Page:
Treatment Ends, but the Need for Care Continues
Celebration at the end of cancer treatment is often premature.
Shell Portner, RN, BSN
Nurse Navigator, Coordinator Cancer Survivorship Program John Muir Health Cancer Institute Walnut Creek, California
Celebration at the end of cancer treatment is often premature. For example, a newly minted survivor, having lived through the trauma of a diagnosis of breast cancer, a modified radical bilateral mastectomy, 8 rounds of dose-dense chemotherapy, and 35 days of three-field radiation cannot yet fathom how she will reenter her previous life. Fatigue, chemobrain, and pain cause further despair. On top of all this, her treatment is not actually over. Decisions remain concerning ovarian ablation, hormone therapy, and coping with the postmenopausal symptoms that will likely follow.
Hair now coming in as a fuzzy halo, GI discomfort left over from chemo, and third-degree burns developing from the inside-out over her left breast and axilla, it is with great difficulty that she smiles for the seemingly endless rounds of celebration from her caregivers on her last day of radiation treatment. Behind her brave smile are deep concerns about her low energy level, memory problems, and the possibility of recurrence. She ponders heartbreaking questions, such as, “Will I be able to play with my children as I once did?”
Survivorship care plans offer patients such as this one a detailed course of action to regain mobility, strength, and confidence. Using the recommendations of the 2005 Institute of Medicine (IOM) report From Cancer Patient to Cancer Survivor: Lost in Transition, care plans address patients’ immediate and long-term needs, facilitating their physical and psychosocial recovery.
Survivorship Care Plans in Practice
In my clinical practice setting, patients within 7 days of completing treatment are given the City of Hope Quality of Life Assessment for Cancer Survivors, which is based on the 4 domains of quality of life: Physical, Psychological, Social, and Spiritual. Patient responses are then used to create a survivorship plan. The plan includes interventions focusing on areas in which the patient is experiencing the most difficulty.
Once the plan is created, patients meet with the Survivorship Nurse Navigator for an education session. In addition to the recommendations in the IOM report, specific interventions for side effects such as fatigue, pain, concentration difficulties, sexual dysfunction, and anxiety are discussed. Regaining stamina and strength through exercise, improving sexual function, coping with depression, and overcoming fear of recurrence are just some of the commonly discussed quality-of-life issues with specific interventions and referrals our patients receive. The forum also encourages patients to ask questions that they had not considered when talking with their physicians.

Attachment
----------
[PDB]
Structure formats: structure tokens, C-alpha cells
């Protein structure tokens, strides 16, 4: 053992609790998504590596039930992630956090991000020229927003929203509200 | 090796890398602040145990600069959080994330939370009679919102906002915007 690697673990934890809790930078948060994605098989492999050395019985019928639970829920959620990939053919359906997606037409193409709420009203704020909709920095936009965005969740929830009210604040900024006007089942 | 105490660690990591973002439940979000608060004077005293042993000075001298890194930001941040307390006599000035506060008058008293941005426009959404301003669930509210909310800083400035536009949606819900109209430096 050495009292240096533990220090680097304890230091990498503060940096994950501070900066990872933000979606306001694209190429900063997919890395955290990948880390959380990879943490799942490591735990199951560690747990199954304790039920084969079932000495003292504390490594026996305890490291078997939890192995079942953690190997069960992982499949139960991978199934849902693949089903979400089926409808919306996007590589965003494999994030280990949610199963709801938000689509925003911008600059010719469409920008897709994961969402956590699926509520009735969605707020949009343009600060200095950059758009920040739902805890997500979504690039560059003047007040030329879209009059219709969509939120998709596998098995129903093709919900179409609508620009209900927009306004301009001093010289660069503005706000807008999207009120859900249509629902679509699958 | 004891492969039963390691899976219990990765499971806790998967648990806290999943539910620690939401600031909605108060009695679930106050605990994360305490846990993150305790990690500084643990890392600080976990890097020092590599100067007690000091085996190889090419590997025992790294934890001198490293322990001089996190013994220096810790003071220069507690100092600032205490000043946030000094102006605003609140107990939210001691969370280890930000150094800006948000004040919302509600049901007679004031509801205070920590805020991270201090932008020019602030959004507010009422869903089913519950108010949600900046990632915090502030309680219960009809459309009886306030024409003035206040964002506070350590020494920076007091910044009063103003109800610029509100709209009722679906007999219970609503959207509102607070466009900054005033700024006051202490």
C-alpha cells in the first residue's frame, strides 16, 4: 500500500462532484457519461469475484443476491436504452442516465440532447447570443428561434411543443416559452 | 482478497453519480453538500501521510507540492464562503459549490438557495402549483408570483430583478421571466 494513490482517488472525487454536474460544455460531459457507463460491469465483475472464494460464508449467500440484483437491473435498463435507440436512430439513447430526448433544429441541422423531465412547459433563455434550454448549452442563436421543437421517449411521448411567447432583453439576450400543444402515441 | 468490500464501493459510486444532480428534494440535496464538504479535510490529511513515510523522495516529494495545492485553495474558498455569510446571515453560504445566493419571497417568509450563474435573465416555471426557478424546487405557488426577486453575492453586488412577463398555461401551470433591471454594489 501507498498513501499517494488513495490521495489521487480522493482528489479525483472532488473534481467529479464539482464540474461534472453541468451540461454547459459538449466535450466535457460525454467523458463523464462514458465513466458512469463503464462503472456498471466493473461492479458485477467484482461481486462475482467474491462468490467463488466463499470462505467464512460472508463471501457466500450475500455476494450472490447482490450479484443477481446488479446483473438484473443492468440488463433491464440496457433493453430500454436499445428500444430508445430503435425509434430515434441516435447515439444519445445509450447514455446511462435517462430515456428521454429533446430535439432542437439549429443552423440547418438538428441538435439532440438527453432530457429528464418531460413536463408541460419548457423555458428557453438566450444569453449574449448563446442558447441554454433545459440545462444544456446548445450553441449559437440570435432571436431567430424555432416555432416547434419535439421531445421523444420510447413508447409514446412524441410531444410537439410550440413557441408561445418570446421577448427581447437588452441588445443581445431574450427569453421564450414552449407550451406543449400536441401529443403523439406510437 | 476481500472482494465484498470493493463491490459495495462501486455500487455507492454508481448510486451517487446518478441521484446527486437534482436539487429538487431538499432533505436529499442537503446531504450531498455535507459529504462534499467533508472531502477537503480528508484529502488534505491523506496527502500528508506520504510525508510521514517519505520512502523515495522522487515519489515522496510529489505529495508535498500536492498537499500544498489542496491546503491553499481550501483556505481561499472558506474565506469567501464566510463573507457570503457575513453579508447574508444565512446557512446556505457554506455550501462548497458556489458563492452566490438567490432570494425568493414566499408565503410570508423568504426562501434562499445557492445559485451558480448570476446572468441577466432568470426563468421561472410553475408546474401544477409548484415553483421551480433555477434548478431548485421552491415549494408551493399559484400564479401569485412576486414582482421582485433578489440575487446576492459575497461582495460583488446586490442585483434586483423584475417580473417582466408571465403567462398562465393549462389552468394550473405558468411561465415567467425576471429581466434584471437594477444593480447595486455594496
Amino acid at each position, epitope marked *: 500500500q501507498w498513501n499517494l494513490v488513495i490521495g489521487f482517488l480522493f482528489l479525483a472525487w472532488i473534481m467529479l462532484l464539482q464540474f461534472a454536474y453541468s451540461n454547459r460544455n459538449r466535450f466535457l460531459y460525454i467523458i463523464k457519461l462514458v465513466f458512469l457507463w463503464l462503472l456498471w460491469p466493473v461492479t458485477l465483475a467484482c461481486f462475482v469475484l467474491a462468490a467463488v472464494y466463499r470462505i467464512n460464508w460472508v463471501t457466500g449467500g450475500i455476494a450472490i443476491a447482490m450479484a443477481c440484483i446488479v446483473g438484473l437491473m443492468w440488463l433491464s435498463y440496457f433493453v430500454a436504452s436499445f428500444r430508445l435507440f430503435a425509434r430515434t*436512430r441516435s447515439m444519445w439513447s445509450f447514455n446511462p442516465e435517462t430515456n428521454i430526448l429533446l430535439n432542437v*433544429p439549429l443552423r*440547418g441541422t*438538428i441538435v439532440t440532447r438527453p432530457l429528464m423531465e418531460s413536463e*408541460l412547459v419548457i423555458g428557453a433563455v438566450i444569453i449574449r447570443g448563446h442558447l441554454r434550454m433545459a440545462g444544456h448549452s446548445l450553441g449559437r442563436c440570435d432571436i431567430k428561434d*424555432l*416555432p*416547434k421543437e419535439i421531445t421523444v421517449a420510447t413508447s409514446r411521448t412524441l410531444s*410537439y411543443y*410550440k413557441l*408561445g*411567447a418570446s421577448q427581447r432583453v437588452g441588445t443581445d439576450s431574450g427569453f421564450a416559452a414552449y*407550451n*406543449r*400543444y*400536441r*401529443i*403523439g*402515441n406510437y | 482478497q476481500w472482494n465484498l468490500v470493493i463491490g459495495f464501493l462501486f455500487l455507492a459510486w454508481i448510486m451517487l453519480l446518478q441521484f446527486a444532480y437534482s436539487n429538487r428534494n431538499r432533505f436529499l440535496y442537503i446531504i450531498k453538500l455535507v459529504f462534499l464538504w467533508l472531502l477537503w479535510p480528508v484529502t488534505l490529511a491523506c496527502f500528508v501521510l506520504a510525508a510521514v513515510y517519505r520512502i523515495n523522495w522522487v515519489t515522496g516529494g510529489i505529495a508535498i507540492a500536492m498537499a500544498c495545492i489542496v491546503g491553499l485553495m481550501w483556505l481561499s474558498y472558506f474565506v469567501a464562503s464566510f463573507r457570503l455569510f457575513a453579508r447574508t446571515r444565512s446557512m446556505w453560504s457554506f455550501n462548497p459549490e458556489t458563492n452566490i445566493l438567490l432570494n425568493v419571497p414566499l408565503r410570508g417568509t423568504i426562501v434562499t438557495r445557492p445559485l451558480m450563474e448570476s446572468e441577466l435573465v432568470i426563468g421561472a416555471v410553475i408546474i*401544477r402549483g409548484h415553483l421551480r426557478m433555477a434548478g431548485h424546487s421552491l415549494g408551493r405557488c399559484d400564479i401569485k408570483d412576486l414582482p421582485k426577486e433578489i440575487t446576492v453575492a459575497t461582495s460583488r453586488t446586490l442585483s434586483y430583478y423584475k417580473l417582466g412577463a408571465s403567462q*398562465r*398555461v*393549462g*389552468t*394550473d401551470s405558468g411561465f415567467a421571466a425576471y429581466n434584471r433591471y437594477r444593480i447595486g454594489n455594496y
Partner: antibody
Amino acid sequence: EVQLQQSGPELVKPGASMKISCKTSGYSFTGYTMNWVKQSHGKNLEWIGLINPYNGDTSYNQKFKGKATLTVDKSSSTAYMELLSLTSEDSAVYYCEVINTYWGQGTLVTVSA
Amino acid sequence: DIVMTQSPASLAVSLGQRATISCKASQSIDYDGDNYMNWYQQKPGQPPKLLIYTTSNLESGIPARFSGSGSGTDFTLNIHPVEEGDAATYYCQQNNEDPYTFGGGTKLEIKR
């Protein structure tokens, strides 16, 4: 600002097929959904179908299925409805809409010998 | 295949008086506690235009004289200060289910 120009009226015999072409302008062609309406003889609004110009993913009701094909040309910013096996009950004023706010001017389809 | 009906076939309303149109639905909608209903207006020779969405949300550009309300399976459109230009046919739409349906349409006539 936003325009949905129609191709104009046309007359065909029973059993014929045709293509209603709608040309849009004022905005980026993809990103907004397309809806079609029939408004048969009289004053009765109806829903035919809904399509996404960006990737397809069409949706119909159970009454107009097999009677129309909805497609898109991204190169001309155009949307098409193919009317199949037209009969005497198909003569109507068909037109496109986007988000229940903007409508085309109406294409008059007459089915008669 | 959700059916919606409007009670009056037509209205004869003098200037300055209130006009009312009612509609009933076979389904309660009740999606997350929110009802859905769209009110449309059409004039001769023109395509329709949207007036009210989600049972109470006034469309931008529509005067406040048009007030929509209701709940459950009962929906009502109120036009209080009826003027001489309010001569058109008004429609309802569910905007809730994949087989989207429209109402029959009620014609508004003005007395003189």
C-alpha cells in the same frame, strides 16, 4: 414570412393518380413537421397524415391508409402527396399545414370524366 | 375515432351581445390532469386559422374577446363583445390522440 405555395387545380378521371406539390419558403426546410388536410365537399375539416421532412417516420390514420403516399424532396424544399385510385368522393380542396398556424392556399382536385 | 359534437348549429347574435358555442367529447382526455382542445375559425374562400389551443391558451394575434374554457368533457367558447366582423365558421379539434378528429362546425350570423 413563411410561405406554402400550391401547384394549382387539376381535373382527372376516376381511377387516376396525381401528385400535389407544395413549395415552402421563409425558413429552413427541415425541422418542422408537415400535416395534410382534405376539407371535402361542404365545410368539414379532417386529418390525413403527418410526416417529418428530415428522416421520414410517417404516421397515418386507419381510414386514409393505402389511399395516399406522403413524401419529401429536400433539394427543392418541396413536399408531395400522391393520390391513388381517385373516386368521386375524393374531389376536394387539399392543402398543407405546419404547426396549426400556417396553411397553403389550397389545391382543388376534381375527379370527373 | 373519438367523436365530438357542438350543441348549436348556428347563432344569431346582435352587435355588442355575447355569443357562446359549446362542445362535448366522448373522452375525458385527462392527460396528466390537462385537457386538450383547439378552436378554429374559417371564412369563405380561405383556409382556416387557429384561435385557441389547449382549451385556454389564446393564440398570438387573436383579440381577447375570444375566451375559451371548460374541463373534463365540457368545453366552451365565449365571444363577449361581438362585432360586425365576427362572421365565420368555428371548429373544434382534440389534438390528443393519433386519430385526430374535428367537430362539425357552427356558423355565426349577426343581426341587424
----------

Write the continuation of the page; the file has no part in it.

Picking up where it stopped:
In my clinical experience, I have observed that patients receive a tremendous benefit from having a care plan serve as a guide to recovery and continued wellness. ”
Patients are often referred by their managing care team to physical therapy, nutritional counseling, social services, and community cancer organizations for additional support. That being said, not all of our patients need this type of detail and are thus discharged from treatment accordingly.
Survivorship Study Misses Bigger Picture
As with all cancer treatment initiatives, clinical studies of survivorship care plans can provide valuable insight. However, it is important to assess the results of these studies with the proper perspective. A study presented by Grunfeld et al at ASCO 2011 suggested that survivorship care plans do not improve outcomes for patients with breast cancer. The results did not surprise me because the study involved early-stage breast cancer patients who, in my practice, often need the least intervention after treatment. Drawing a conclusion applicable to all cancer patients based on this cohort is a disservice to those patients who are experiencing the acute side effects of treatment.
In light of the ASCO study’s results, I am relieved that beginning in 2012, screening survivors for distress (Standard 3.2) and providing a treatment summary and survivorship care plan (Standard 3.3) will be the standard of care for cancer programs seeking accreditation from the Commission on Cancer of the American College of Surgeons. This will ensure that all patients get the support they need at the end of treatment.
In my experience, I have observed that patients receive a tremendous benefit from using a care plan as a guide to recovery and continued wellness. Not all patients need the interventions, but for those who do, a care plan is an essential part of their recovery after treatment.
I know this first-hand as both a Survivorship Nurse Navigator and the cancer survivor discussed above.
Please join me as we continue to discuss survivorhsip care. E-mail me your survivorship questions and examples of best practices at Shell.Portner@johnmuirhealth.com and we will do our best to provide a variety of responses from our colleagues in the field.